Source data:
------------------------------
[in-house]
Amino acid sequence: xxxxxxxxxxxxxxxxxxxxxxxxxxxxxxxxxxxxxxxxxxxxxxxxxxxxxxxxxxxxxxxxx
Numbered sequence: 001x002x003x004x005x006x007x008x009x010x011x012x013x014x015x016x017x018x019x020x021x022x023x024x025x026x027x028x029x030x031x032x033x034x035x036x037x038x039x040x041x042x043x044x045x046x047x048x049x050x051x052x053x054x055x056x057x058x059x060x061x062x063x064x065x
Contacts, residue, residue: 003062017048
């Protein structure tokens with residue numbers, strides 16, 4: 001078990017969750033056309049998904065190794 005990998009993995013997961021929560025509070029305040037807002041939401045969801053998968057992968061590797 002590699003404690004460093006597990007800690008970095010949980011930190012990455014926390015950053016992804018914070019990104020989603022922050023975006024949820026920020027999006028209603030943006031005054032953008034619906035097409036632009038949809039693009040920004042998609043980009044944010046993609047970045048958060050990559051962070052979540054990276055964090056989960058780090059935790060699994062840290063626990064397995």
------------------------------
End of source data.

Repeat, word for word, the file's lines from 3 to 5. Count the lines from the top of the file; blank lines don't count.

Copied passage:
Numbered sequence: 001x002x003x004x005x006x007x008x009x010x011x012x013x014x015x016x017x018x019x020x021x022x023x024x025x026x027x028x029x030x031x032x033x034x035x036x037x038x039x040x041x042x043x044x045x046x047x048x049x050x051x052x053x054x055x056x057x058x059x060x061x062x063x064x065x
Contacts, residue, residue: 003062017048
């Protein structure tokens with residue numbers, strides 16, 4: 001078990017969750033056309049998904065190794 005990998009993995013997961021929560025509070029305040037807002041939401045969801053998968057992968061590797 002590699003404690004460093006597990007800690008970095010949980011930190012990455014926390015950053016992804018914070019990104020989603022922050023975006024949820026920020027999006028209603030943006031005054032953008034619906035097409036632009038949809039693009040920004042998609043980009044944010046993609047970045048958060050990559051962070052979540054990276055964090056989960058780090059935790060699994062840290063626990064397995």